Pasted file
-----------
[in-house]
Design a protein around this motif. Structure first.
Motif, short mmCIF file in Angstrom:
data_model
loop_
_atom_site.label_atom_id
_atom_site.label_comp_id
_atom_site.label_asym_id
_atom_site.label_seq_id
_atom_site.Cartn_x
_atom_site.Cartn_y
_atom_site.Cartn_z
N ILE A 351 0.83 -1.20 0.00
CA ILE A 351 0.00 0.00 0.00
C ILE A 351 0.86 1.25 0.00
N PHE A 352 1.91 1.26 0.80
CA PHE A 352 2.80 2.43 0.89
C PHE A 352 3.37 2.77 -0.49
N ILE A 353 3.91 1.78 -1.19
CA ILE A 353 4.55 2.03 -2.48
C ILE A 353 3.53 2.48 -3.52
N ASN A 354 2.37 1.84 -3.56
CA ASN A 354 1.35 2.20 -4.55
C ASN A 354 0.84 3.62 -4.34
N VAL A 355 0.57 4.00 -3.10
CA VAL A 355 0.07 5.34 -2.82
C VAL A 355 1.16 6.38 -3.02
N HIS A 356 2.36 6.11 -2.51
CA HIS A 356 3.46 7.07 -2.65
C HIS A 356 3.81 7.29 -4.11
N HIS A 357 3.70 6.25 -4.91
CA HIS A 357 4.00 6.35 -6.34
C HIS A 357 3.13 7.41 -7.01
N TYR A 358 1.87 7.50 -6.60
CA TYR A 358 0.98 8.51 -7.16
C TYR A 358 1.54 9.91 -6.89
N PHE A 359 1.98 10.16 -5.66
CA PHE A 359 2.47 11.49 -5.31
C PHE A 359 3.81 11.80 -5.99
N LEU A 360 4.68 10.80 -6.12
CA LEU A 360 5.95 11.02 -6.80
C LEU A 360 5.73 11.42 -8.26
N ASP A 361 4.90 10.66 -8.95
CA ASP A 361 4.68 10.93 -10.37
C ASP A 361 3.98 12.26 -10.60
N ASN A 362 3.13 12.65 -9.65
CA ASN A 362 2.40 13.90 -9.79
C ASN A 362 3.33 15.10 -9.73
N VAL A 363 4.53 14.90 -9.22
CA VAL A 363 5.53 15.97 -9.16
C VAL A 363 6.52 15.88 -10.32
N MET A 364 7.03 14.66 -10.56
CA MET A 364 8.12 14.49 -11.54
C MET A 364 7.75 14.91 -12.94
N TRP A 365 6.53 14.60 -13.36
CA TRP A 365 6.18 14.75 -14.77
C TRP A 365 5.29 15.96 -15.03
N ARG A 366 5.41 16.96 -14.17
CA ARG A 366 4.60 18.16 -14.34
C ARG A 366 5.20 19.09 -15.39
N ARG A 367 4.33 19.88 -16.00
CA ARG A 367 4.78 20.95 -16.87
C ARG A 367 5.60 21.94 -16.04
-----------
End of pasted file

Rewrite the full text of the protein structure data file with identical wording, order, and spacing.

[in-house]
Design a protein around this motif. Structure first.
Motif, short mmCIF file in Angstrom:
data_model
loop_
_atom_site.label_atom_id
_atom_site.label_comp_id
_atom_site.label_asym_id
_atom_site.label_seq_id
_atom_site.Cartn_x
_atom_site.Cartn_y
_atom_site.Cartn_z
N ILE A 351 0.83 -1.20 0.00
CA ILE A 351 0.00 0.00 0.00
C ILE A 351 0.86 1.25 0.00
N PHE A 352 1.91 1.26 0.80
CA PHE A 352 2.80 2.43 0.89
C PHE A 352 3.37 2.77 -0.49
N ILE A 353 3.91 1.78 -1.19
CA ILE A 353 4.55 2.03 -2.48
C ILE A 353 3.53 2.48 -3.52
N ASN A 354 2.37 1.84 -3.56
CA ASN A 354 1.35 2.20 -4.55
C ASN A 354 0.84 3.62 -4.34
N VAL A 355 0.57 4.00 -3.10
CA VAL A 355 0.07 5.34 -2.82
C VAL A 355 1.16 6.38 -3.02
N HIS A 356 2.36 6.11 -2.51
CA HIS A 356 3.46 7.07 -2.65
C HIS A 356 3.81 7.29 -4.11
N HIS A 357 3.70 6.25 -4.91
CA HIS A 357 4.00 6.35 -6.34
C HIS A 357 3.13 7.41 -7.01
N TYR A 358 1.87 7.50 -6.60
CA TYR A 358 0.98 8.51 -7.16
C TYR A 358 1.54 9.91 -6.89
N PHE A 359 1.98 10.16 -5.66
CA PHE A 359 2.47 11.49 -5.31
C PHE A 359 3.81 11.80 -5.99
N LEU A 360 4.68 10.80 -6.12
CA LEU A 360 5.95 11.02 -6.80
C LEU A 360 5.73 11.42 -8.26
N ASP A 361 4.90 10.66 -8.95
CA ASP A 361 4.68 10.93 -10.37
C ASP A 361 3.98 12.26 -10.60
N ASN A 362 3.13 12.65 -9.65
CA ASN A 362 2.40 13.90 -9.79
C ASN A 362 3.33 15.10 -9.73
N VAL A 363 4.53 14.90 -9.22
CA VAL A 363 5.53 15.97 -9.16
C VAL A 363 6.52 15.88 -10.32
N MET A 364 7.03 14.66 -10.56
CA MET A 364 8.12 14.49 -11.54
C MET A 364 7.75 14.91 -12.94
N TRP A 365 6.53 14.60 -13.36
CA TRP A 365 6.18 14.75 -14.77
C TRP A 365 5.29 15.96 -15.03
N ARG A 366 5.41 16.96 -14.17
CA ARG A 366 4.60 18.16 -14.34
C ARG A 366 5.20 19.09 -15.39
N ARG A 367 4.33 19.88 -16.00
CA ARG A 367 4.78 20.95 -16.87
C ARG A 367 5.60 21.94 -16.04